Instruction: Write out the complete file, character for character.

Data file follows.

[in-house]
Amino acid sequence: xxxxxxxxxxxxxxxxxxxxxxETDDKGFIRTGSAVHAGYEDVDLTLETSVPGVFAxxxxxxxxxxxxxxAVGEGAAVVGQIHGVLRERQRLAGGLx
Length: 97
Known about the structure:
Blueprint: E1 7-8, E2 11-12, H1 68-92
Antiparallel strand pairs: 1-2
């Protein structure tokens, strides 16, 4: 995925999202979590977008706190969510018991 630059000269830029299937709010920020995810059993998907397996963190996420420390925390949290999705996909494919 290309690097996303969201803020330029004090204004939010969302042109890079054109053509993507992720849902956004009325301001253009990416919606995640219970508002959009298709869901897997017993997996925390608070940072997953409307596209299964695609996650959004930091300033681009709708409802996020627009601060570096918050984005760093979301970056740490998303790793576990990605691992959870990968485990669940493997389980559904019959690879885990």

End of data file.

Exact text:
[in-house]
Amino acid sequence: xxxxxxxxxxxxxxxxxxxxxxETDDKGFIRTGSAVHAGYEDVDLTLETSVPGVFAxxxxxxxxxxxxxxAVGEGAAVVGQIHGVLRERQRLAGGLx
Length: 97
Known about the structure:
Blueprint: E1 7-8, E2 11-12, H1 68-92
Antiparallel strand pairs: 1-2
């Protein structure tokens, strides 16, 4: 995925999202979590977008706190969510018991 630059000269830029299937709010920020995810059993998907397996963190996420420390925390949290999705996909494919 290309690097996303969201803020330029004090204004939010969302042109890079054109053509993507992720849902956004009325301001253009990416919606995640219970508002959009298709869901897997017993997996925390608070940072997953409307596209299964695609996650959004930091300033681009709708409802996020627009601060570096918050984005760093979301970056740490998303790793576990990605691992959870990968485990669940493997389980559904019959690879885990």